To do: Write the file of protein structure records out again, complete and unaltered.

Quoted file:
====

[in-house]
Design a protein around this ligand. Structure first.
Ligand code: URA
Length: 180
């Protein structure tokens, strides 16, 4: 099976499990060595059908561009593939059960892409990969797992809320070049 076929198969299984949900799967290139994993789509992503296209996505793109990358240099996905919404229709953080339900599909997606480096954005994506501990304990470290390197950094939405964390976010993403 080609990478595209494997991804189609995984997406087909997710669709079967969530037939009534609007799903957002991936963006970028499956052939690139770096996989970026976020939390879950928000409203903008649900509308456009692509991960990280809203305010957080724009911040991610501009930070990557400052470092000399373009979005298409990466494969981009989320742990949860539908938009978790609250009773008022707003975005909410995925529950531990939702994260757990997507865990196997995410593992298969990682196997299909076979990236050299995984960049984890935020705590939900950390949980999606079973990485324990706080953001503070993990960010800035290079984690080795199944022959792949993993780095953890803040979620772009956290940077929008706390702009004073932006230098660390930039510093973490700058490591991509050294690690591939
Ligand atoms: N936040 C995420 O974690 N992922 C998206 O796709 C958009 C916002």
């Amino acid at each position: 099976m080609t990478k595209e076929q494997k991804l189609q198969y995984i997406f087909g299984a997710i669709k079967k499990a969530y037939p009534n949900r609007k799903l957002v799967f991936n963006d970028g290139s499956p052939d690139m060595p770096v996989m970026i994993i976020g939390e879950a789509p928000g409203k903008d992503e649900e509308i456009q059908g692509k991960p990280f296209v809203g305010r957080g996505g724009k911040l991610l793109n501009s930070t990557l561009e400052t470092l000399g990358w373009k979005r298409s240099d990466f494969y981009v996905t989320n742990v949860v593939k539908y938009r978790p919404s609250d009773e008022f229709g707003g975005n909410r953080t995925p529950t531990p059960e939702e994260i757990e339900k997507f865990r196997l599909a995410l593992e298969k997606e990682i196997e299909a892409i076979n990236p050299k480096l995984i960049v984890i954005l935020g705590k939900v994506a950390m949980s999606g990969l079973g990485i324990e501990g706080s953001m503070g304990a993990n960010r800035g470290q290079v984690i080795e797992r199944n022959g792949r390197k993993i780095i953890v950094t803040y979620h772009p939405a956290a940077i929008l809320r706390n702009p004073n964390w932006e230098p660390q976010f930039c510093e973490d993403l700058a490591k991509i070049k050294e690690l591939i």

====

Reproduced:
[in-house]
Design a protein around this ligand. Structure first.
Ligand code: URA
Length: 180
């Protein structure tokens, strides 16, 4: 099976499990060595059908561009593939059960892409990969797992809320070049 076929198969299984949900799967290139994993789509992503296209996505793109990358240099996905919404229709953080339900599909997606480096954005994506501990304990470290390197950094939405964390976010993403 080609990478595209494997991804189609995984997406087909997710669709079967969530037939009534609007799903957002991936963006970028499956052939690139770096996989970026976020939390879950928000409203903008649900509308456009692509991960990280809203305010957080724009911040991610501009930070990557400052470092000399373009979005298409990466494969981009989320742990949860539908938009978790609250009773008022707003975005909410995925529950531990939702994260757990997507865990196997995410593992298969990682196997299909076979990236050299995984960049984890935020705590939900950390949980999606079973990485324990706080953001503070993990960010800035290079984690080795199944022959792949993993780095953890803040979620772009956290940077929008706390702009004073932006230098660390930039510093973490700058490591991509050294690690591939
Ligand atoms: N936040 C995420 O974690 N992922 C998206 O796709 C958009 C916002």
């Amino acid at each position: 099976m080609t990478k595209e076929q494997k991804l189609q198969y995984i997406f087909g299984a997710i669709k079967k499990a969530y037939p009534n949900r609007k799903l957002v799967f991936n963006d970028g290139s499956p052939d690139m060595p770096v996989m970026i994993i976020g939390e879950a789509p928000g409203k903008d992503e649900e509308i456009q059908g692509k991960p990280f296209v809203g305010r957080g996505g724009k911040l991610l793109n501009s930070t990557l561009e400052t470092l000399g990358w373009k979005r298409s240099d990466f494969y981009v996905t989320n742990v949860v593939k539908y938009r978790p919404s609250d009773e008022f229709g707003g975005n909410r953080t995925p529950t531990p059960e939702e994260i757990e339900k997507f865990r196997l599909a995410l593992e298969k997606e990682i196997e299909a892409i076979n990236p050299k480096l995984i960049v984890i954005l935020g705590k939900v994506a950390m949980s999606g990969l079973g990485i324990e501990g706080s953001m503070g304990a993990n960010r800035g470290q290079v984690i080795e797992r199944n022959g792949r390197k993993i780095i953890v950094t803040y979620h772009p939405a956290a940077i929008l809320r706390n702009p004073n964390w932006e230098p660390q976010f930039c510093e973490d993403l700058a490591k991509i070049k050294e690690l591939i």